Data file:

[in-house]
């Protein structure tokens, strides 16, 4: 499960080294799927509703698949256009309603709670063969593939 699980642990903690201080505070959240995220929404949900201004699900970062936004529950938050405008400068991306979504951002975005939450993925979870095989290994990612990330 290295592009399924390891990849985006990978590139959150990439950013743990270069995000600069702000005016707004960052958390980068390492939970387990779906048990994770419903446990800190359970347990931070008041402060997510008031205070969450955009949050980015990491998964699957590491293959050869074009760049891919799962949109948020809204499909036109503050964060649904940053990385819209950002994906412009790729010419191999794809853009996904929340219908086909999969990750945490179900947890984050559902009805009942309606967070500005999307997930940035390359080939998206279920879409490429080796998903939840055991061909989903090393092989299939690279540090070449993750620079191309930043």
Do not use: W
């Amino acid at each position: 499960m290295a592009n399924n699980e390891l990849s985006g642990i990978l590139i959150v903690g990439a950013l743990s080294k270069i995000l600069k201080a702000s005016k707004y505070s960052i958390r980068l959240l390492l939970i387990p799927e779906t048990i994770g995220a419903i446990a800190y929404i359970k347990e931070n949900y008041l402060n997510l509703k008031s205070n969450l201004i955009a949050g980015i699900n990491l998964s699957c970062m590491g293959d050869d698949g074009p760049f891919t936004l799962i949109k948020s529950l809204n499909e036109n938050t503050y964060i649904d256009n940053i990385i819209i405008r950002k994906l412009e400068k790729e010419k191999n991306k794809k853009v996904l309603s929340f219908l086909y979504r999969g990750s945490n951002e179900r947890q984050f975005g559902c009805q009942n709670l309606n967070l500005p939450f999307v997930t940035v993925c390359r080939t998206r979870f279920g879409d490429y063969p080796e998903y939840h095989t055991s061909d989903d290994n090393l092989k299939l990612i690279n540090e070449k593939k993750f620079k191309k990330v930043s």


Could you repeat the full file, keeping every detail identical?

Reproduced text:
[in-house]
């Protein structure tokens, strides 16, 4: 499960080294799927509703698949256009309603709670063969593939 699980642990903690201080505070959240995220929404949900201004699900970062936004529950938050405008400068991306979504951002975005939450993925979870095989290994990612990330 290295592009399924390891990849985006990978590139959150990439950013743990270069995000600069702000005016707004960052958390980068390492939970387990779906048990994770419903446990800190359970347990931070008041402060997510008031205070969450955009949050980015990491998964699957590491293959050869074009760049891919799962949109948020809204499909036109503050964060649904940053990385819209950002994906412009790729010419191999794809853009996904929340219908086909999969990750945490179900947890984050559902009805009942309606967070500005999307997930940035390359080939998206279920879409490429080796998903939840055991061909989903090393092989299939690279540090070449993750620079191309930043």
Do not use: W
């Amino acid at each position: 499960m290295a592009n399924n699980e390891l990849s985006g642990i990978l590139i959150v903690g990439a950013l743990s080294k270069i995000l600069k201080a702000s005016k707004y505070s960052i958390r980068l959240l390492l939970i387990p799927e779906t048990i994770g995220a419903i446990a800190y929404i359970k347990e931070n949900y008041l402060n997510l509703k008031s205070n969450l201004i955009a949050g980015i699900n990491l998964s699957c970062m590491g293959d050869d698949g074009p760049f891919t936004l799962i949109k948020s529950l809204n499909e036109n938050t503050y964060i649904d256009n940053i990385i819209i405008r950002k994906l412009e400068k790729e010419k191999n991306k794809k853009v996904l309603s929340f219908l086909y979504r999969g990750s945490n951002e179900r947890q984050f975005g559902c009805q009942n709670l309606n967070l500005p939450f999307v997930t940035v993925c390359r080939t998206r979870f279920g879409d490429y063969p080796e998903y939840h095989t055991s061909d989903d290994n090393l092989k299939l990612i690279n540090e070449k593939k993750f620079k191309k990330v930043s």